The Los Angeles Memorial Coliseum was flirting with insolvency, but that didn't stop its government overseers from incurring hundreds of thousands of dollars in legal expenses to keep secret their deliberations on a new long-term lease for the stadium.
For more than a year, the Coliseum Commission fought an open-government lawsuit that challenged the legality of the closed-door talks on USC's lease of the historic venue. The suit also sought to make records related to the deal public.
After losing the court battle, the commission had to pay about $415,000 in legal expenses incurred by the plaintiffs in the case, the Los Angeles Times and a 1st Amendment group called Californians Aware. The award, paid last week, is one of the largest ever granted under the state's transparency statutes, experts said.
The commission was also forced to give The Times hundreds of pages of Coliseum emails. Their contents support critics who said stadium officials worked closely with USC to limit scrutiny of the deliberations while drafting a lease that favored the private university at the expense of the taxpayers who own the Coliseum.
The emails, along with others obtained earlier under the California Public Records Act, show the Coliseum's top executive granting nearly every wish USC had for the negotiations and then helping the university build and maintain political support for the lease.
The emails between Coliseum executive John Sandbrook and USC administrators, which cover the four months of talks on principal terms of the lease, feature none of the bargaining-table tensions that are typical of such negotiations. The documents show Sandbrook and commissioners deferring to USC on matters of transparency; at the school's insistence, they signed a confidentiality agreement barring both sides from discussing the negotiations publicly.
USC Senior Vice President Todd Dickey, who also received the email, responded: "If you want us to hold an open house … and listen to 500 people speak for 5 hours, and maybe answer a few questions, I guess we can do that, but I see no value in that at all."
Knabe and Sandbrook dropped the idea of a special public hearing. Knabe was unavailable for comment, a spokesman said. Sandbrook and Dickey did not respond to requests for comment.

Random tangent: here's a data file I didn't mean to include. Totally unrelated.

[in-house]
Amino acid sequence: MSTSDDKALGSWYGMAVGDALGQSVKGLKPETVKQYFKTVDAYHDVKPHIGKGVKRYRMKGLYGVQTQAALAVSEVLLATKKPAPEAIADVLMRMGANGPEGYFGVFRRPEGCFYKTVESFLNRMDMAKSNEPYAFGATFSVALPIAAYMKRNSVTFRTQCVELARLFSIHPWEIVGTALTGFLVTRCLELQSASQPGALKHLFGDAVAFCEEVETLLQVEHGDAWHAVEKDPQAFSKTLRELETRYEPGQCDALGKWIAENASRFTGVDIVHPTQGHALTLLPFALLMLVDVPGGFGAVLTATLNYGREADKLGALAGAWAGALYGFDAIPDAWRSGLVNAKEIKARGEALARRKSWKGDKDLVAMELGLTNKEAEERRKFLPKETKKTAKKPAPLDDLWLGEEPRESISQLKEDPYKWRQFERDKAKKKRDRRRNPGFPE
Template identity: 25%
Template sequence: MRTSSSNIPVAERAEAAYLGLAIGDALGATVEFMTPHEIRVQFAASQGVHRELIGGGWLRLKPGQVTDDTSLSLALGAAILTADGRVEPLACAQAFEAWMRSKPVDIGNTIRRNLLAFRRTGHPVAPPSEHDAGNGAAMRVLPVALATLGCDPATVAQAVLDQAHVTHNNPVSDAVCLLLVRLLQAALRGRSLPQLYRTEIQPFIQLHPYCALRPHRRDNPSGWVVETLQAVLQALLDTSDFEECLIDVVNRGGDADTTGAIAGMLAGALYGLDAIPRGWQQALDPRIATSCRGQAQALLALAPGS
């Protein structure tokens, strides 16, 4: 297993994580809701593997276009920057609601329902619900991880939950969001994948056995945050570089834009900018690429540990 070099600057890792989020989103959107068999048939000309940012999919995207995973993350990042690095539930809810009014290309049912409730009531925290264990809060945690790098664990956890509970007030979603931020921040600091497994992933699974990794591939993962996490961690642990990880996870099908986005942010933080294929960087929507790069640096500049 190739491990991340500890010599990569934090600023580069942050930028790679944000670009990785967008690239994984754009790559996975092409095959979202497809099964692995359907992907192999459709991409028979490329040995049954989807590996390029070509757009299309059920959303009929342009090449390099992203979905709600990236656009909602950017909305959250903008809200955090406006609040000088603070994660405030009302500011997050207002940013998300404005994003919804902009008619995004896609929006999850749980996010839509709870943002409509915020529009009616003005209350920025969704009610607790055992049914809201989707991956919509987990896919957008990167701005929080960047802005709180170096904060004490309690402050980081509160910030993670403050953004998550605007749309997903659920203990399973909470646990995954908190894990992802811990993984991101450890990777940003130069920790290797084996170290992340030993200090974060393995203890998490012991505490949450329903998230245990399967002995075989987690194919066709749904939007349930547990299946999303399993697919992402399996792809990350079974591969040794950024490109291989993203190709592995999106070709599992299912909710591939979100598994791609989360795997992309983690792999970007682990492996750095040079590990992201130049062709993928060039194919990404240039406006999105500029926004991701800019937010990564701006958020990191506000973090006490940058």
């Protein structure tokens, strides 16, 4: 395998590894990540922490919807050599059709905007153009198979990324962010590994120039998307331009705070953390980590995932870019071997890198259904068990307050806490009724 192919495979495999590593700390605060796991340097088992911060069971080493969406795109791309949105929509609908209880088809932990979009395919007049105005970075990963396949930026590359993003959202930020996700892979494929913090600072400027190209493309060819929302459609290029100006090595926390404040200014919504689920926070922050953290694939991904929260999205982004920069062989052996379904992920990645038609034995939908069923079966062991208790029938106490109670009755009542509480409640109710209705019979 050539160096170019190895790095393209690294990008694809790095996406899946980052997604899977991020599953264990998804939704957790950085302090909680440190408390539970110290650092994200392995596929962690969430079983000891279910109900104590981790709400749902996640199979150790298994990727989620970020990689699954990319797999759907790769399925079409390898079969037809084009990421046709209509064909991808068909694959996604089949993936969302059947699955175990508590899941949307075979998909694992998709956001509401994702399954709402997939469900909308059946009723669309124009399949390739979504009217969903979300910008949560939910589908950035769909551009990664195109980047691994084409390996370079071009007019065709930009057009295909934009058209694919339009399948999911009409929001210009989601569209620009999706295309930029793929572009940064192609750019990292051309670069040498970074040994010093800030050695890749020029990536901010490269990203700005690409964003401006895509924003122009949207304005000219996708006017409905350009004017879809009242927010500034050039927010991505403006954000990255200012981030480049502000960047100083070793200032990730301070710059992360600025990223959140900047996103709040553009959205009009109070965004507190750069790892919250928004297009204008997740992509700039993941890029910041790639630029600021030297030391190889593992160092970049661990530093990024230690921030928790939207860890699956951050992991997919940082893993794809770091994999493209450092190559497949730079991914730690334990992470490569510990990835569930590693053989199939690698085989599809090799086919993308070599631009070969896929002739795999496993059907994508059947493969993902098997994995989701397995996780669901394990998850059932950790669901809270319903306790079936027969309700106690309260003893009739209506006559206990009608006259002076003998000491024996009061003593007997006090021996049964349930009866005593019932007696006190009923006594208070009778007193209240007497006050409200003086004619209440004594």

The lease talks, which began in 2011, were in stark contrast to the commission's negotiations with USC four years earlier, when the panel flatly rejected many of the school's proposals.
But the more recent discussions came as a corruption scandal unfolded in the Coliseum's management ranks. The controversy exposed the stadium's weak financial underpinnings and proved embarrassing to the commission.
As a result, a majority of the panel members, who represent the city, the Board of Supervisors and governor's office, opted to get out of the stadium management business and renegotiate their existing 25-year lease with USC, whose football team plays at the Coliseum.
The redrawn, 98-year agreement gave USC almost total control of the Coliseum and neighboring Sports Arena and nearly all revenue from the properties, including those from the sale of naming rights and advertising.
In return, the school picked up the commission's annual rent to the state for the Coliseum land, which starts at $1 million, and promised to spend at least $70 million on stadium improvements.
The Times first asked for the Sandbrook-USC emails in February 2012. The commission produced some later that year but said the rest were exempt from disclosure because they involved confidential real estate negotiations.
The commission also rejected The Times' position that the closed deliberations violated California's Ralph M. Brown Act, which requires the government to do its business in public.
In July 2012, The Times and Californians Aware sued. In October of this year, Los Angeles County Superior Court Judge Luis A. Lavin found that the commission repeatedly violated the records law and Brown Act. He also determined that Sandbrook testified falsely in connection with his claim that secrecy was warranted because of the threat of a lawsuit by USC.
In a deposition, Sandbrook said the commission's public agendas included references to closed-door discussions of a possible lawsuit by USC. However, the panel's internal records showed no such discussions.
Lavin ordered the commission to release the emails and other documents and record all its closed-door meetings for three years.